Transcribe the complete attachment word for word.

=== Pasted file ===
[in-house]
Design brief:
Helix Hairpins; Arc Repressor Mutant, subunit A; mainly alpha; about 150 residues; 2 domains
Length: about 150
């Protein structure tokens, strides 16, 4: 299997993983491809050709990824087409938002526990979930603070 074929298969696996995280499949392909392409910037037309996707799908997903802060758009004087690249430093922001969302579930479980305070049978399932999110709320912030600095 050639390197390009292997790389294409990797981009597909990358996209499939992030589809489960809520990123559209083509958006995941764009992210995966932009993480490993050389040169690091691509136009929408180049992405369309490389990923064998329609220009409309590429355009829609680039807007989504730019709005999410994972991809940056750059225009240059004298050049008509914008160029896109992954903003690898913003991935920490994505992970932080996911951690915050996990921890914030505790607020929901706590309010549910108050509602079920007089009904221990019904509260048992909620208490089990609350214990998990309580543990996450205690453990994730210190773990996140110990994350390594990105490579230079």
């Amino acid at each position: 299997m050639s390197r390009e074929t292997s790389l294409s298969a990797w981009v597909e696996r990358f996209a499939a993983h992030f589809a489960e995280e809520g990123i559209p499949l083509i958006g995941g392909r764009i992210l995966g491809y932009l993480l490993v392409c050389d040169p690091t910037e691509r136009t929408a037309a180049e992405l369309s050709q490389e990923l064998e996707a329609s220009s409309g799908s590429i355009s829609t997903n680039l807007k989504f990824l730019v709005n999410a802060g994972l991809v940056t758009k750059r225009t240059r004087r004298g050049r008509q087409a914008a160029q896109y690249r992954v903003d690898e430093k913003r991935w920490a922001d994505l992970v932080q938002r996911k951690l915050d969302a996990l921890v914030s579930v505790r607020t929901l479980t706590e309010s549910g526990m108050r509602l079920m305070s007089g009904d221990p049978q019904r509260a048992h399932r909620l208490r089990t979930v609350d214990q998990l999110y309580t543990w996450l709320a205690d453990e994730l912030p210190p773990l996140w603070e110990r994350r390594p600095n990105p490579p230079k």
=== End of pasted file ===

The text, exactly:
[in-house]
Design brief:
Helix Hairpins; Arc Repressor Mutant, subunit A; mainly alpha; about 150 residues; 2 domains
Length: about 150
């Protein structure tokens, strides 16, 4: 299997993983491809050709990824087409938002526990979930603070 074929298969696996995280499949392909392409910037037309996707799908997903802060758009004087690249430093922001969302579930479980305070049978399932999110709320912030600095 050639390197390009292997790389294409990797981009597909990358996209499939992030589809489960809520990123559209083509958006995941764009992210995966932009993480490993050389040169690091691509136009929408180049992405369309490389990923064998329609220009409309590429355009829609680039807007989504730019709005999410994972991809940056750059225009240059004298050049008509914008160029896109992954903003690898913003991935920490994505992970932080996911951690915050996990921890914030505790607020929901706590309010549910108050509602079920007089009904221990019904509260048992909620208490089990609350214990998990309580543990996450205690453990994730210190773990996140110990994350390594990105490579230079």
């Amino acid at each position: 299997m050639s390197r390009e074929t292997s790389l294409s298969a990797w981009v597909e696996r990358f996209a499939a993983h992030f589809a489960e995280e809520g990123i559209p499949l083509i958006g995941g392909r764009i992210l995966g491809y932009l993480l490993v392409c050389d040169p690091t910037e691509r136009t929408a037309a180049e992405l369309s050709q490389e990923l064998e996707a329609s220009s409309g799908s590429i355009s829609t997903n680039l807007k989504f990824l730019v709005n999410a802060g994972l991809v940056t758009k750059r225009t240059r004087r004298g050049r008509q087409a914008a160029q896109y690249r992954v903003d690898e430093k913003r991935w920490a922001d994505l992970v932080q938002r996911k951690l915050d969302a996990l921890v914030s579930v505790r607020t929901l479980t706590e309010s549910g526990m108050r509602l079920m305070s007089g009904d221990p049978q019904r509260a048992h399932r909620l208490r089990t979930v609350d214990q998990l999110y309580t543990w996450l709320a205690d453990e994730l912030p210190p773990l996140w603070e110990r994350r390594p600095n990105p490579p230079k």